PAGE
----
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A Plan To Save The Space Shuttle Program?

March 4, 2010

Keep Shuttle Operational or U.S. Forced to Rely on Russia, China to Reach Space Station

Senator Kay Bailey Hutchison (R-Texas), Ranking Member on the Senate Commerce, Science, and Transportation Committee, introduced legislation on March 3rd to close the gap in U.S. human space flight that will occur if the space shuttle is retired before the next generation of space vehicle is developed. Senator Hutchison’s bill would allow the National Aeronautics and Space Administration (NASA) to extend the shuttle’s service as work continues on the next generation of American space vehicle. Companion legislation is expected to be introduced in the House of Representatives next week by Reps. Suzanne Kosmas (D-Florida) and Bill Posey (R-Florida).

“We must close the gap in U.S. human space flight or face the reality that we will be totally dependent on Russia for access to space until the next generation of space vehicle is developed,” said Senator Hutchison. “If the space shuttle program is terminated, Russia and China will be the only nations in the world with the capability to launch humans into space. This is unacceptable.” Hutchison said the Obama Administration’s budget proposal was “short-sighted and represents the wrong direction for U.S. space policy.”

The Administration proposes to retire the shuttle as scheduled while discontinuing years of work on development of a new launch vehicle and provides no short term solution to deliver critical equipment and components to the International Space Station that are essential to extending the life of the station until 2020.

“Not only are we turning our backs on 40 years of American space superiority, we are giving up vital national security and economic interests to other nations. This must not be an ‘either or’ proposition where we are forced to choose between continuing to fly the shuttle to service the station and maintain our independence in reaching space, or investing in the next generation of space vehicle. We can and must do both. By maintaining our independence from other nations in reaching space, the U.S. can fully realize the research potential of the space station as a national lab,” Hutchison said.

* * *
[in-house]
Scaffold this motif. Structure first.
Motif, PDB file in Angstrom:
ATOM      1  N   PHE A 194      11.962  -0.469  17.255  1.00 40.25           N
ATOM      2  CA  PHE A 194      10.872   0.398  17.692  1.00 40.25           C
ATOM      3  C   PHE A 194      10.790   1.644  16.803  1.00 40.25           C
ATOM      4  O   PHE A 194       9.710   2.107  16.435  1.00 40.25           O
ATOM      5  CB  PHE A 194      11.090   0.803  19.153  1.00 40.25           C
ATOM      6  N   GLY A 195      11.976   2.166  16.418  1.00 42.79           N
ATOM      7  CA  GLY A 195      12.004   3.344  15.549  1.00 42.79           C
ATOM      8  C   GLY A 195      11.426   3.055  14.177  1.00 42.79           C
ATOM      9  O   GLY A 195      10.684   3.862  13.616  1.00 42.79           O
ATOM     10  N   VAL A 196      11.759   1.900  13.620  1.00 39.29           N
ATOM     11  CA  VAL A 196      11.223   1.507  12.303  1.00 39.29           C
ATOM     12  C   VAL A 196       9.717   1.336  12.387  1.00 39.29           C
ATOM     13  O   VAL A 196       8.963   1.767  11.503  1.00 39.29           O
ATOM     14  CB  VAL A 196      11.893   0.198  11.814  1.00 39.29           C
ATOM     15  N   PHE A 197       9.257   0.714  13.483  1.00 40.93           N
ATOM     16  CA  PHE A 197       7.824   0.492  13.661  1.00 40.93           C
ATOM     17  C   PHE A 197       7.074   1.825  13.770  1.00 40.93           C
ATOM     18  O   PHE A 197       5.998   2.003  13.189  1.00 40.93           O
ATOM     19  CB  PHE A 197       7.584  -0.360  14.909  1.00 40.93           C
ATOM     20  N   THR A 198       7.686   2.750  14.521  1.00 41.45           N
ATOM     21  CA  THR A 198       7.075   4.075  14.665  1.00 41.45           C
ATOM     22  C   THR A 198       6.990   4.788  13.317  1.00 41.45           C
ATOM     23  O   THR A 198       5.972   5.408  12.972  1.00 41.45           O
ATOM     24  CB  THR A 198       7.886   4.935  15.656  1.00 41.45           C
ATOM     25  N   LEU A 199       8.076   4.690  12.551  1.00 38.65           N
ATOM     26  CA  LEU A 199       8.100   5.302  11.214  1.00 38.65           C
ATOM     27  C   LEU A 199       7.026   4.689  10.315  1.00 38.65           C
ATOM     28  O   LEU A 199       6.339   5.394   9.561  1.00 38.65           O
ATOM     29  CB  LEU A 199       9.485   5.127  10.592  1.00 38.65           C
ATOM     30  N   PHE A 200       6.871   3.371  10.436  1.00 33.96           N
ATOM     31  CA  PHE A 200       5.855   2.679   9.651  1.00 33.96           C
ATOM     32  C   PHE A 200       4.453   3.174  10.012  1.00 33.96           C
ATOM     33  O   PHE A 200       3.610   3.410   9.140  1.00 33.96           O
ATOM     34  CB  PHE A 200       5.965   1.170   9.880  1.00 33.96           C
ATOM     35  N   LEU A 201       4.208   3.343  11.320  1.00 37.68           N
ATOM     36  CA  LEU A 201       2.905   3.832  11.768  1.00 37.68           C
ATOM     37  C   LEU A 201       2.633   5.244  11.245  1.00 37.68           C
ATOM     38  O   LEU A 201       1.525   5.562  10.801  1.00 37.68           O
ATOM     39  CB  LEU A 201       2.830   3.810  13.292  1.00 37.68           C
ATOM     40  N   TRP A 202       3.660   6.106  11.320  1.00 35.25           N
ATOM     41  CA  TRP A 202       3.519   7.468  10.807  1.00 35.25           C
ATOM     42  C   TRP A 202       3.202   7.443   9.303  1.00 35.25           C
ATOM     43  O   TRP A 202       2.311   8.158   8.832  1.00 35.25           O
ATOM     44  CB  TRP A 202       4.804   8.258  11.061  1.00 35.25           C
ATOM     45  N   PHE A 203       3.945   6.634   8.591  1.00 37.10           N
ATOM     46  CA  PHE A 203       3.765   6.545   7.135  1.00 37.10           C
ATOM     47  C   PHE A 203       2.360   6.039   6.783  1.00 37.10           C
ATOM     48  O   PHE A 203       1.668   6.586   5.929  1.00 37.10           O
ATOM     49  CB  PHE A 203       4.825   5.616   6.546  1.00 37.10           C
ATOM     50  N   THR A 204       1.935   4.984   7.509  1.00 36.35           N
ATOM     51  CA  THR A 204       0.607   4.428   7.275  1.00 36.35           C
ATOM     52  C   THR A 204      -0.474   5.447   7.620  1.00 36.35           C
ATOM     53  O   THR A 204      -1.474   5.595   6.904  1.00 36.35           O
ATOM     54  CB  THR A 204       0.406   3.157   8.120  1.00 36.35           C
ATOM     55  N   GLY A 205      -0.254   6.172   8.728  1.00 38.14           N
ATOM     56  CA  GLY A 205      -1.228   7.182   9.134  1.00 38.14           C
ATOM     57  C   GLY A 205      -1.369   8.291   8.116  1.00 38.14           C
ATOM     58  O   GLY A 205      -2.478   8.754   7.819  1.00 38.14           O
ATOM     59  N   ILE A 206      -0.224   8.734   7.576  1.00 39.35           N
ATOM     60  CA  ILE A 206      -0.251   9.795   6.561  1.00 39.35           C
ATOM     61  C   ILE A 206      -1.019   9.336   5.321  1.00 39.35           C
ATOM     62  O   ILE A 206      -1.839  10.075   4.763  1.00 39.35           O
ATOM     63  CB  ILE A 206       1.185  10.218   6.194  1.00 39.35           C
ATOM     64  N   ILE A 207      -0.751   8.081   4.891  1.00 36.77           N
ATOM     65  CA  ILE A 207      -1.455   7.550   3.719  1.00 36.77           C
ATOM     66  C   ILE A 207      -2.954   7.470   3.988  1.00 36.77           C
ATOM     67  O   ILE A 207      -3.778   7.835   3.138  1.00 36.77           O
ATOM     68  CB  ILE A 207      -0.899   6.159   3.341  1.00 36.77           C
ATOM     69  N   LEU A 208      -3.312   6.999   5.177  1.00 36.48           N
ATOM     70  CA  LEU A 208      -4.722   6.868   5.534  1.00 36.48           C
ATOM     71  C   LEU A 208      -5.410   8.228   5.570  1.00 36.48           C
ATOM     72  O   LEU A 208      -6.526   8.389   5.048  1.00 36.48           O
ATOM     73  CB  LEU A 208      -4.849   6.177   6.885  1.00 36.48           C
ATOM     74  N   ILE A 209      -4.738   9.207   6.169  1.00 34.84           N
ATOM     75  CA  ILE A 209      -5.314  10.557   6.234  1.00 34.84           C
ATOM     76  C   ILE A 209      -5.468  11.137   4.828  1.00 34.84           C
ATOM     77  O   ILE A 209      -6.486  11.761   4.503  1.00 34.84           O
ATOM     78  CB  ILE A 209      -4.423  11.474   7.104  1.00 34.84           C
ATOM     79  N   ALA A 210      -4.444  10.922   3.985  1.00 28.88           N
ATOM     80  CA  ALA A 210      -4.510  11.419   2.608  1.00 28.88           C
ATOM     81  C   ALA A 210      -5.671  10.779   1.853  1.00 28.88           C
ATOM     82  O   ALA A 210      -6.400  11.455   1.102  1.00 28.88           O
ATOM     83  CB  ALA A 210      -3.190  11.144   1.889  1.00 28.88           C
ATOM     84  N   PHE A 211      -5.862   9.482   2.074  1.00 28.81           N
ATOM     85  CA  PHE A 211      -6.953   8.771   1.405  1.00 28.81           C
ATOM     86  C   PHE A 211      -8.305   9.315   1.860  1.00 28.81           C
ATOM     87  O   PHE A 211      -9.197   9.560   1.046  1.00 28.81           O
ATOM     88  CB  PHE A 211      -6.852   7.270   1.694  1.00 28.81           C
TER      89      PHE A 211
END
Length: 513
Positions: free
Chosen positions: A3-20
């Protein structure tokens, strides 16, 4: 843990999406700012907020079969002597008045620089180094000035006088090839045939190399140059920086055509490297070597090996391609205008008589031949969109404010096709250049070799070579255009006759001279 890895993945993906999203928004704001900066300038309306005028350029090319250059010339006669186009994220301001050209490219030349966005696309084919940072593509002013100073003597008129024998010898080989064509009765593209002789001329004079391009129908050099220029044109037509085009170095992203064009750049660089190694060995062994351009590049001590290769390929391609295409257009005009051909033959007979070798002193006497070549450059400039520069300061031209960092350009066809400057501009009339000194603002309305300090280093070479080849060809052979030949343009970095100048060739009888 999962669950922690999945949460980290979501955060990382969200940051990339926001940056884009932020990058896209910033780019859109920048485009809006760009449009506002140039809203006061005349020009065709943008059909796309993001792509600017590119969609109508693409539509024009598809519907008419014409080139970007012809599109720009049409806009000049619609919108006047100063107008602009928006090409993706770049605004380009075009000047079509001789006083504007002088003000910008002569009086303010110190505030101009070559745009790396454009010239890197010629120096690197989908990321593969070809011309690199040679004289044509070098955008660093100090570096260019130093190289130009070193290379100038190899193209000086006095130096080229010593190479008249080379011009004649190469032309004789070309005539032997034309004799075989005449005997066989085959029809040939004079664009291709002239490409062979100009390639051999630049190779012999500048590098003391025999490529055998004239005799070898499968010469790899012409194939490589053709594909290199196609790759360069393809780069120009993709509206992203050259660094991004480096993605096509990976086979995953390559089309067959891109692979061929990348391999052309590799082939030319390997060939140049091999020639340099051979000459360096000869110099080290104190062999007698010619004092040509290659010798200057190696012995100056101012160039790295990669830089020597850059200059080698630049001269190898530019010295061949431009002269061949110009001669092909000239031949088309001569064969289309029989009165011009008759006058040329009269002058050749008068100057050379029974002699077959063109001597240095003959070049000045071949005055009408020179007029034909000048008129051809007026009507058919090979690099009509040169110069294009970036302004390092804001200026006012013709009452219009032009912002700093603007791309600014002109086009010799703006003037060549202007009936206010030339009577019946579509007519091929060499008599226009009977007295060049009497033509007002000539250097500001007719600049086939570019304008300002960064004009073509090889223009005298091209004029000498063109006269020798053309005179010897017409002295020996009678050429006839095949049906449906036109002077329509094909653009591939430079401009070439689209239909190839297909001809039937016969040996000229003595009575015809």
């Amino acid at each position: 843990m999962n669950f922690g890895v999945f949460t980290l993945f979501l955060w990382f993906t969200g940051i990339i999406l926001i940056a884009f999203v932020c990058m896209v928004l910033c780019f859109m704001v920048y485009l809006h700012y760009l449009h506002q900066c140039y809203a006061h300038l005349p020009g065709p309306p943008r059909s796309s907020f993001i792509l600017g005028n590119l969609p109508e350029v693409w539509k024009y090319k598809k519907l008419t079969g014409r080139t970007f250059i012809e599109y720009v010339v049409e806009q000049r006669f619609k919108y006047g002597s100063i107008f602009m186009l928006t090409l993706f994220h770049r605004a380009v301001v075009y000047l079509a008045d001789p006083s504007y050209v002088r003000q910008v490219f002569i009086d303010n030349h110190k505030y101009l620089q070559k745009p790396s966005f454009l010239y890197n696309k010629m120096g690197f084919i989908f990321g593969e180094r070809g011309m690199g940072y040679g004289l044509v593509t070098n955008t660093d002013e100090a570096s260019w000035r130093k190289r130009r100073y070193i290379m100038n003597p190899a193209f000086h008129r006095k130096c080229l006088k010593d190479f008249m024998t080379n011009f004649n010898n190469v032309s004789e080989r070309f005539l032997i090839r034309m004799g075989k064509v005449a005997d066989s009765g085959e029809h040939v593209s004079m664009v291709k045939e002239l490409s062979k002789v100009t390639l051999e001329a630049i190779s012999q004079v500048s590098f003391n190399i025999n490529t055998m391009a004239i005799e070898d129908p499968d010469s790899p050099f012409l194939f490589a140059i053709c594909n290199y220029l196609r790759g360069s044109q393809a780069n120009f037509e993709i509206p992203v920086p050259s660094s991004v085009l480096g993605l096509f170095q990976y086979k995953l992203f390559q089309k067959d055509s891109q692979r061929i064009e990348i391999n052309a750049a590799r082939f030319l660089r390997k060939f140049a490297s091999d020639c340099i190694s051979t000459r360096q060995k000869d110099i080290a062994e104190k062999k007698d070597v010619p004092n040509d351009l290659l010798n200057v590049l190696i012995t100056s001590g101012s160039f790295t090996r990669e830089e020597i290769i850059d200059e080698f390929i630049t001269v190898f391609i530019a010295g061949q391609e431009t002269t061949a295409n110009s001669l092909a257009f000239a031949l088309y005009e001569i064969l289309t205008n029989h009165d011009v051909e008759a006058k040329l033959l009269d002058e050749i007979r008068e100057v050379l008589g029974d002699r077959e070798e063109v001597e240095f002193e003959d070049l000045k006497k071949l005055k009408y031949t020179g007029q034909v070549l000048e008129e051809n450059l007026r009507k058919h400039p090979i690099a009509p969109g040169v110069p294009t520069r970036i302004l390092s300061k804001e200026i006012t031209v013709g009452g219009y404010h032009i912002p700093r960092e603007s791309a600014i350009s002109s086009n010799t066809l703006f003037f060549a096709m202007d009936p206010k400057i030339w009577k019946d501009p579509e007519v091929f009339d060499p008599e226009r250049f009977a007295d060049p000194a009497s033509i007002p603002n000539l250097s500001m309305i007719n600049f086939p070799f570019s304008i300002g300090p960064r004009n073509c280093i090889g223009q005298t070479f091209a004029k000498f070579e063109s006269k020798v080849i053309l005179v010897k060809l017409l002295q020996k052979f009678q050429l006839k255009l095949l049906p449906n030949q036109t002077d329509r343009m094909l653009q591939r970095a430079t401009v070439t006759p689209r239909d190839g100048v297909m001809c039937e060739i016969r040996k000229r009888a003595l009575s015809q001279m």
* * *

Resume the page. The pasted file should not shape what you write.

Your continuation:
The Human Space Flight Capability Assurance and Enhancement Act of 2009 would:

* Make shuttle retirement dependent on the availability of replacement capabilities for comparable size crew and cargo delivery, whether government-owned or commercial, (assuming a rate of 2 missions a year), or until it is conclusively demonstrated that it is the space shuttle cargo capabilities are not needed to ensure space station viability;

* Require International Space Station (ISS) operations and full utilization through at least 2020, and further establish the ISS National Laboratory operating mechanisms and procedures;

* Provide for the acceleration of a government-owned human space flight capability to as close to 2015 as possible;

* Expand support for Commercial Orbital Space Transportation (COTS) to support ISS — both for cargo and for eventual crew launch capability;

* Reaffirm long-term goal of moving beyond low-Earth orbit whether to the Moon, Mars or alternative destinations;

* Provide for the near-term evaluation of heavy-lift rocket launcher design options, including shuttle-derived options, to enable the expansion beyond low-earth orbit and accelerate the start of vehicle design activity; and

* Authorize top-level funding for all of NASA’s mission activities, but would only address the human space flight policy issues.

Image Caption: The Space Shuttle Discovery approaches the International Space Station for docking. Credit: NASA

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